Does tea belong in the medicine chest

Drink tea. Drink lots of it. Drink black tea. Drink green tea. Drink it iced, drink it hot; you might even want to rub it on your skin.

A dozen or so studies being presented Sept. 8 at the American Chemical Society meeting in New York City are reporting health benefits from the beverage that range from fighting fat to fighting cancer.

In what seems to be the first study linking immunity with tea, researchers in Boston found people who drank five to six cups of black tea each day seemed to get a boost in that part of the immune system that acts as a first line of defense against infection.

We found that certain molecules were shared by bacteria, parasites and vegetables — and one of the vegetables was tea,” says study author Dr. Jack F. Bukowski, an assistant professor of medicine at Harvard Medical School and staff rheumatologist at Brigham and Women’s Hospital. “These molecules could activate a certain component of the immune system called gamma delta T lymphocytes, which are very important as the first line of defense against infection and tumors.

Bukowski and his colleagues asked non-tea drinking, non-coffee drinking volunteers to consume five to six cups of black tea infusion or instant coffee for either two or four weeks.

They then took blood samples and tested the activity of the immune system against bacteria.

We found that samples taken after they drank tea were able to react against the bacteria fivefold better by making a very important protein called interferon gamma,” Bukowski says. “If you put two and two together, that should mean you’re going to be more able to fight off diseases because that’s a very important bacteria-fighting and virus- and tumor-fighting molecule, but we did not go on to show that drinking tea actually protects you against getting sick.” That will be the subject of the next study.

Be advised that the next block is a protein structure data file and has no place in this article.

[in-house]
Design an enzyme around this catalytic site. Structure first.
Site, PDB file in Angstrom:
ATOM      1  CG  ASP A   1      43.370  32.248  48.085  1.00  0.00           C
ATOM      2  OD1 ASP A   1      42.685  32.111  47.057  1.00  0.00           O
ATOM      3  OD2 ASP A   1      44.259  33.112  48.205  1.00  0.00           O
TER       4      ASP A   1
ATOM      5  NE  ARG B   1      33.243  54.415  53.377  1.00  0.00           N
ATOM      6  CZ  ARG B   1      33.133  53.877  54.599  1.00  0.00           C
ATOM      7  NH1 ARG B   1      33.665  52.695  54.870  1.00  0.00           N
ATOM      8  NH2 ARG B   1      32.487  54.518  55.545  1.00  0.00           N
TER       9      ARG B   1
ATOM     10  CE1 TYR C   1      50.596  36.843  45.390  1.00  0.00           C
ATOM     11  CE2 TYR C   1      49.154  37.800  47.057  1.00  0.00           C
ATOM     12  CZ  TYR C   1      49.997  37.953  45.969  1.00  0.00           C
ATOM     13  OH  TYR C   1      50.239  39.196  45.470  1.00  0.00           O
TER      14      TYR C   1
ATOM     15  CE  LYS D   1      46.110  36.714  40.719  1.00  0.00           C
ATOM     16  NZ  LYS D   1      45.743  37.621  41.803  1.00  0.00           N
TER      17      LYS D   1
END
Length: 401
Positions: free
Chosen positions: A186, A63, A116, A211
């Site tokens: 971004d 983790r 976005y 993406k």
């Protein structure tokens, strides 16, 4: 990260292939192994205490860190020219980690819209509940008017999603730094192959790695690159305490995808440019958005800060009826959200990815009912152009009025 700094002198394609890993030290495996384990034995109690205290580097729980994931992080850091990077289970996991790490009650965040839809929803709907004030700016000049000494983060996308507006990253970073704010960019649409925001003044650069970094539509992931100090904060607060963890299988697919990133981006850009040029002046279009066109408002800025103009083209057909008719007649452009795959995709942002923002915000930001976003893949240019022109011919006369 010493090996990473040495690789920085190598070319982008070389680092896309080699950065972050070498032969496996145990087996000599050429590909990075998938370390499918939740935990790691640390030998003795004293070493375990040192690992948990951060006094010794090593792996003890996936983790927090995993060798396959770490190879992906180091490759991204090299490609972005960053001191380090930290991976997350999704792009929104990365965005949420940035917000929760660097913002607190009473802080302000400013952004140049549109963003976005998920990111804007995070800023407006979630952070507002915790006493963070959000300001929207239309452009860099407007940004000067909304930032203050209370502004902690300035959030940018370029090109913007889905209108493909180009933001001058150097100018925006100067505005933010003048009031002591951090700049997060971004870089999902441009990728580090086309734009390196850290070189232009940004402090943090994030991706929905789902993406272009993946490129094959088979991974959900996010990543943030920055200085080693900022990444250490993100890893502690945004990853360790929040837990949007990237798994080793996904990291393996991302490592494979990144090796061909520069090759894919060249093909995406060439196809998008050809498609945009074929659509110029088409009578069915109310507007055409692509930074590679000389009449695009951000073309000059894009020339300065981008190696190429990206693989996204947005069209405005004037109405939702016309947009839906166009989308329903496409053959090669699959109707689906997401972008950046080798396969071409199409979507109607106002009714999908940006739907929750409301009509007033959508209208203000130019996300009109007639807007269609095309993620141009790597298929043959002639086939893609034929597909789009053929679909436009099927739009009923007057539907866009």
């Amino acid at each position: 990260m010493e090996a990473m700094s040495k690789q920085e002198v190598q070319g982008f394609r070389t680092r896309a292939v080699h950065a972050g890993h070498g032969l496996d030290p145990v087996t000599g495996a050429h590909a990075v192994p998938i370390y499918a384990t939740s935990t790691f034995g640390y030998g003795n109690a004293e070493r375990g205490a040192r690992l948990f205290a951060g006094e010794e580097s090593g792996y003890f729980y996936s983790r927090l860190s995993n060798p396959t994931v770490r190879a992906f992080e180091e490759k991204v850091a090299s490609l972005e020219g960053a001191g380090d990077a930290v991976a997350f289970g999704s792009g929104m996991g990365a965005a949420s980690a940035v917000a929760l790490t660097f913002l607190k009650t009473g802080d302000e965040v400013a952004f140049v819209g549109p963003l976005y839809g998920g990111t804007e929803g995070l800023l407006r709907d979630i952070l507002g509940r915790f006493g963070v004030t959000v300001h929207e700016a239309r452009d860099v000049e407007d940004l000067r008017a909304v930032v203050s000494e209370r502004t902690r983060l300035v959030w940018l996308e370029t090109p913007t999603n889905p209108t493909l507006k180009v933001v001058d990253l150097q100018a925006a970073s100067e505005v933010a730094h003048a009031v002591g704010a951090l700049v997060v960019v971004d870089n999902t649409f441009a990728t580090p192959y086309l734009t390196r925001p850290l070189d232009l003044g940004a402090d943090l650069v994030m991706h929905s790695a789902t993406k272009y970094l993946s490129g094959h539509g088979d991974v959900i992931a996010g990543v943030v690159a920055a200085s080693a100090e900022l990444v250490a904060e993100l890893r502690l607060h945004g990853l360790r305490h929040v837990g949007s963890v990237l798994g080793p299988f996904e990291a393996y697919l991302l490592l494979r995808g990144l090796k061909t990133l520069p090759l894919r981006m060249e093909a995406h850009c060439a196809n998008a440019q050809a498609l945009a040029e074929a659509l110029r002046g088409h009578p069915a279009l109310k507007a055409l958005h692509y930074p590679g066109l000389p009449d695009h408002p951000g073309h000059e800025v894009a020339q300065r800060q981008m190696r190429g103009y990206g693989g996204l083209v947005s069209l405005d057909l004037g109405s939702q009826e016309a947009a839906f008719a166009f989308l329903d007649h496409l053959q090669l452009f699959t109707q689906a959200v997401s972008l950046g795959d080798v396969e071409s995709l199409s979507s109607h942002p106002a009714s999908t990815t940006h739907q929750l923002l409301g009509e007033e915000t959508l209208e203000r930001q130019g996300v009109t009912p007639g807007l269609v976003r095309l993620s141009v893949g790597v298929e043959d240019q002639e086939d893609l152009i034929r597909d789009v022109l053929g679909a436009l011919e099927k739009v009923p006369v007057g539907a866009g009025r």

Although the tea can’t be viewed as a cure, it could be viewed “almost as a vitamin for the immune system,” Bukowski says. And more of these “vitamins” will probably be found in vegetables, Bukowski adds, which means you should probably have some vegetables with your tea.

A second study found that mice who had been genetically engineered to develop prostate cancer, and who drank the equivalent of about six cups of tea a day, did not end up developing tumors. “Those animals who drank tea were substantially protected and they lived longer,” says study author Hasan Mukhtar, a professor of cancer research at the University of Wisconsin in Madison. No one knows if the same mechanism will be at play in humans, but Mukhtar says he suspects that tea will have some effect in some patients.

China has the lowest prostate cancer rate in the world and Japan is also very low, and they drink much more tea,” he notes.

Another study found that a green tea extract reduced body fat in mice, possibly by inhibiting the absorption of fats and starches, and that drinking green tea may mitigate DNA damage from smokers that could lead to mouth cancer. Still other researchers are working on developing a cream made up of tea polyphenols which would ward off skin cancer.

Finally, researchers in Boston found that drinking tea improved the function of blood vessels and platelets, and may therefore reduce the risk of heart attack and stroke. This adds to an already large body of knowledge on tea and heart health.

“The results of studies on tea have been quite positive along a whole array of human ailments with the strongest appearing to be cardiovascular,” says Joseph Simrany, president of the Tea Council of the U.S.A. in New York City. “Not to diminish any of the others, but cardiovascular is coming to the forefront in this point of time.”

(By Amanda Gardner,, September 2003)
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Some part of this article was also published by ABC, Australia.